November 18, 2011 report
New simulations suggest runaway stars may be outcasts from binaries
(PhysOrg.com) -- For at least half a century, astronomers have been perplexed by so-called runaway stars; big monsters that hurtle around galaxies at some thirty kilometers per second without apparent reason. Now however, astrophysicists Michiko S. Fujii and Simon Portegies Zwart describe in their paper published in Science, how they believe that the big stars get their speed as a result of being hurled out and away from binary star couplings that occur within the centers of clusters of stars.
The two suggest that on occasion some big stars move close enough to binaries (paired stars) that they get pulled into their gravitational field, resulting in an unbalanced state as the trio moves awkwardly through space. After some time passes, the big star gets the boot and as a result of the buildup of energy created between the three, is sent hurtling out into space, becoming a runaway star.
Such stars have been the focus of much attention as they travel so much faster than all the other stars around them. Most in the Milky Way Galaxy by contrast plod along at a measly five kilometers per second, so its not difficult to see why the speedsters would draw so much attention. Prior to this research, some suggested the big stars got their speed from being near another star that exploded. Others theorized that theyd maybe simply paired with another star and the two began moving around one another at a faster clip, similar to ball room dancers. Though in this case, the two would have wound up flinging one another apart in opposite directions in their grand finale.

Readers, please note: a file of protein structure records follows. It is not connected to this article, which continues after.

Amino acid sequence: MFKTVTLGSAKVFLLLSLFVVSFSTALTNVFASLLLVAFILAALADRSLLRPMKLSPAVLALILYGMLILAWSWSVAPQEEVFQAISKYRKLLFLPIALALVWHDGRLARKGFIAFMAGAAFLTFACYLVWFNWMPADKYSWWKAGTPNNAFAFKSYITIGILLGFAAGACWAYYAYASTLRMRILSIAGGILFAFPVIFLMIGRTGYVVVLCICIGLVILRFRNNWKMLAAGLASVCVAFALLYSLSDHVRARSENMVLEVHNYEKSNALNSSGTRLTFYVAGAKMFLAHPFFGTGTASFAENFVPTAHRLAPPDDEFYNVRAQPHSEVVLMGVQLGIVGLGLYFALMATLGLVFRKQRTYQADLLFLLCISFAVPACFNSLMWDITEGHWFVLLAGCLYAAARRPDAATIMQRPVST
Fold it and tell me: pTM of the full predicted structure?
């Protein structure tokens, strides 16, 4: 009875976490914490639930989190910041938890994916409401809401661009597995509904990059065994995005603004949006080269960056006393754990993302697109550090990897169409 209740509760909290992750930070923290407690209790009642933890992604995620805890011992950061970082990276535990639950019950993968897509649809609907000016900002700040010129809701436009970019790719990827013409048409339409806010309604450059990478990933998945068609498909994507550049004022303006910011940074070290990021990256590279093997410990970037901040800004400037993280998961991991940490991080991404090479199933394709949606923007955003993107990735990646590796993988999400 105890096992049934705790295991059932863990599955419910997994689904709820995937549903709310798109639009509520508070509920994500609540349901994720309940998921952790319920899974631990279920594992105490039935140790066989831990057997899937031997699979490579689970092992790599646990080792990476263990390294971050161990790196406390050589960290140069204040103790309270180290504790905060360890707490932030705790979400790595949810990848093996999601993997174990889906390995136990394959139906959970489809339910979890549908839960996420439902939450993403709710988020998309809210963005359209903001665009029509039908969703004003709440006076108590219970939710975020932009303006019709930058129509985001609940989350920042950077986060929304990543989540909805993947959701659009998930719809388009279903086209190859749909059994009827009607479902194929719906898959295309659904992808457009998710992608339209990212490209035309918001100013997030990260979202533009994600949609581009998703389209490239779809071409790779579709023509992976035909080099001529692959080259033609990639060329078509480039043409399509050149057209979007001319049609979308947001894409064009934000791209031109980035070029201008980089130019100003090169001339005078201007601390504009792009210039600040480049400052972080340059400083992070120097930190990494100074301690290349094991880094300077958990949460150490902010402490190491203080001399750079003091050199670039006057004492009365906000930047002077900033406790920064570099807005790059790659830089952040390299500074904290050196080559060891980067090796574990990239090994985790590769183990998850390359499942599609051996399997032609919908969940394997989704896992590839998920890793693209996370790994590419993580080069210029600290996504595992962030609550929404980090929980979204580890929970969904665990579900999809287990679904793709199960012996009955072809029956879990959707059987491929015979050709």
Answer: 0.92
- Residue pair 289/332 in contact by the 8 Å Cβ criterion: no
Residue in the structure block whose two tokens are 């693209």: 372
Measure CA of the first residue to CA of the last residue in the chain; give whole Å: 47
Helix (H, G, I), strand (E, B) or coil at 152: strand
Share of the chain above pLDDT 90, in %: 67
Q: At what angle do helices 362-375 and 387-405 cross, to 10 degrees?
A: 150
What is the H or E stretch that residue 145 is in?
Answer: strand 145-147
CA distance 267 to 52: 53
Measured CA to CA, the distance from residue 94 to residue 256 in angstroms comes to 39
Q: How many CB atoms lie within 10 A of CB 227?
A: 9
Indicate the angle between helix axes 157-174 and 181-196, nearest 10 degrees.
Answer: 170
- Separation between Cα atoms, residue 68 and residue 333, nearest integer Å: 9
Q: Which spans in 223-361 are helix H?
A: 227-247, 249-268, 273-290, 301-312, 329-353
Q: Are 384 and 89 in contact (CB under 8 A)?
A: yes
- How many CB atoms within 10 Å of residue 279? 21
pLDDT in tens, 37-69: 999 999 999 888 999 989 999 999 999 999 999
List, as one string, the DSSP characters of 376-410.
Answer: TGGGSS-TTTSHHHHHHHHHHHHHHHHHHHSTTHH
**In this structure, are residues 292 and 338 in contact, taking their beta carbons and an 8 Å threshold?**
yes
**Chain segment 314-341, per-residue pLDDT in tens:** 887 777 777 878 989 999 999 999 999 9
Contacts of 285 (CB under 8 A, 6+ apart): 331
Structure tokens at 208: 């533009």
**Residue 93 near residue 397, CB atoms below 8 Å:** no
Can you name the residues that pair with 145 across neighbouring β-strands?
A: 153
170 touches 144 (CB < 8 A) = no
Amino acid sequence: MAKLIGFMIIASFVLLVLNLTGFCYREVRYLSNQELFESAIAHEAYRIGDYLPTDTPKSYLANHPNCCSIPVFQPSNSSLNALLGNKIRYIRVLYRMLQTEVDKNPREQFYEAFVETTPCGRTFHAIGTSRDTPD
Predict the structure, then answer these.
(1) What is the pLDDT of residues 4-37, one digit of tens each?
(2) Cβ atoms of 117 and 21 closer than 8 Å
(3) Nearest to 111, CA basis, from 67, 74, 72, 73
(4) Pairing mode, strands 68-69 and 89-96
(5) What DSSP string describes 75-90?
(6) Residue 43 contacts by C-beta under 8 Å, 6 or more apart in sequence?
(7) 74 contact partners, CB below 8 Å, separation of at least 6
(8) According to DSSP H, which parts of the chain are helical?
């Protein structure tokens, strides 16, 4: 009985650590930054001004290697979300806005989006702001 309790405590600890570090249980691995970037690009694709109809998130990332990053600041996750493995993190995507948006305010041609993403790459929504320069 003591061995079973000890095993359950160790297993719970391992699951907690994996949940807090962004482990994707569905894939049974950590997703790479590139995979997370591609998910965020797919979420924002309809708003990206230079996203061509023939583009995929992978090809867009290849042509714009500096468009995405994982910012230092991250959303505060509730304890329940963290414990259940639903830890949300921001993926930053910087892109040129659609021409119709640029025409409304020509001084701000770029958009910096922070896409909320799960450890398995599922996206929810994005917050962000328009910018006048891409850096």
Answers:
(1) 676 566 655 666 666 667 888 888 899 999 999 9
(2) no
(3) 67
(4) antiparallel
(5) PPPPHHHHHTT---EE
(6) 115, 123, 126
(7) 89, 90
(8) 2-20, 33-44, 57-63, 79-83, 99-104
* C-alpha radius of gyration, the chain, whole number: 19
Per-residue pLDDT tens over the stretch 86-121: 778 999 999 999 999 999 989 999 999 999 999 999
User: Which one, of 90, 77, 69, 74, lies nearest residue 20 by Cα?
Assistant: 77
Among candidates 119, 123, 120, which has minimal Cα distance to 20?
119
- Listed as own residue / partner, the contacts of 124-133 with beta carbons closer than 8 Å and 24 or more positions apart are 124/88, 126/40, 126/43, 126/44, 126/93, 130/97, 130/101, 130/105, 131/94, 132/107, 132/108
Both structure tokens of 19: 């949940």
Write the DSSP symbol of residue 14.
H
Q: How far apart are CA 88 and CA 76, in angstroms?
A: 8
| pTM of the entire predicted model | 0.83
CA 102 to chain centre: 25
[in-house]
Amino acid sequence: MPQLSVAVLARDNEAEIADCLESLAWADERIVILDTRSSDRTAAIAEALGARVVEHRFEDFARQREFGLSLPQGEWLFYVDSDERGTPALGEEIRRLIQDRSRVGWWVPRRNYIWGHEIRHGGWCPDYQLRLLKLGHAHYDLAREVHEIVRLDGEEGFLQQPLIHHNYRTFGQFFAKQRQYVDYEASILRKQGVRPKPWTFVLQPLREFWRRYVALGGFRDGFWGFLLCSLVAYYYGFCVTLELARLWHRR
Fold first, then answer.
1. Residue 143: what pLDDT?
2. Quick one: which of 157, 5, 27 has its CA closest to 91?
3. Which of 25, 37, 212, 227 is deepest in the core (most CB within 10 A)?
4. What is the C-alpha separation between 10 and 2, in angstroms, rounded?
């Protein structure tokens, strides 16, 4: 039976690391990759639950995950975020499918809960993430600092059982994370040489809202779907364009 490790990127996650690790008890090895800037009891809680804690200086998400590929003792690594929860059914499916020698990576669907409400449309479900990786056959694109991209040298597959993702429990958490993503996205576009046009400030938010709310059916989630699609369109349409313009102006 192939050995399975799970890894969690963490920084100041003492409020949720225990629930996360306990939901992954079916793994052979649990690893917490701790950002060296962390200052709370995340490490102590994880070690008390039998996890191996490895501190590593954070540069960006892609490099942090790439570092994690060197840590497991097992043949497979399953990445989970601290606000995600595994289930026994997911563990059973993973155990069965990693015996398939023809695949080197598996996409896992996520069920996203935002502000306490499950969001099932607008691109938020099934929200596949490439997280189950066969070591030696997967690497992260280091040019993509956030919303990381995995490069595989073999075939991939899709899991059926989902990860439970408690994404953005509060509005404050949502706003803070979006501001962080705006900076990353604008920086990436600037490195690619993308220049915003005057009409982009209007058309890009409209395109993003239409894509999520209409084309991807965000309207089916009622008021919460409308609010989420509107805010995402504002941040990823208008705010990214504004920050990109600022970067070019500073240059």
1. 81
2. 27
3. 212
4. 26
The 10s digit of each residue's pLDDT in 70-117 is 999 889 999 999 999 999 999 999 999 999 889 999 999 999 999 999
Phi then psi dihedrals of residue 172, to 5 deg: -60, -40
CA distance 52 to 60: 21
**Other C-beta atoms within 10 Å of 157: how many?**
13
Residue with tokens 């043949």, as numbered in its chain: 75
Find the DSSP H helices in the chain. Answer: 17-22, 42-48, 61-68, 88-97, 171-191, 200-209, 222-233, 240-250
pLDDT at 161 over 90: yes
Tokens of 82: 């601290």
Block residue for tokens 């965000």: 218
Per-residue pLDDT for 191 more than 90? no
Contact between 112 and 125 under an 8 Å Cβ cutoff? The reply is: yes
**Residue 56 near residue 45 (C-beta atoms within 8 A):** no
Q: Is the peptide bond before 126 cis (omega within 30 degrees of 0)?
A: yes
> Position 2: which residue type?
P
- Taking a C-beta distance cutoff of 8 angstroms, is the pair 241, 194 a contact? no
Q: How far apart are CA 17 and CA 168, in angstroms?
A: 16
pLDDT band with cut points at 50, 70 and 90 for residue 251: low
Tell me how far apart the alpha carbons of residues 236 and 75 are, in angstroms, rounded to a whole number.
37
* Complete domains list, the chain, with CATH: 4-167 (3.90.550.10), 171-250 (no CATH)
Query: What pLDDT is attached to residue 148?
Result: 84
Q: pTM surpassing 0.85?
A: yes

To back up their theory, Fujii and Zwart built a computer simulation of star clusters and found that over time each cluster did indeed include binaries that attracted other stars that were eventually sent packing by the original two. The researchers believe this proves that the majority, if not all runaway stars became such due to being rejected as a temporary third mate for binaries.
This new thinking came about when two stars last year were spotted speeding away from a dense group of star clusters believed to be less than two million years old, which seemed to fly in the face of the exploding partner idea, as such stars arent thought to explode until reaching at least three million years of age.
At any rate, as time passes, it should be easy enough to prove this new theory; all scientists have to do is trace back the trajectories of speeding stars to see if they came from identifiable binaries.
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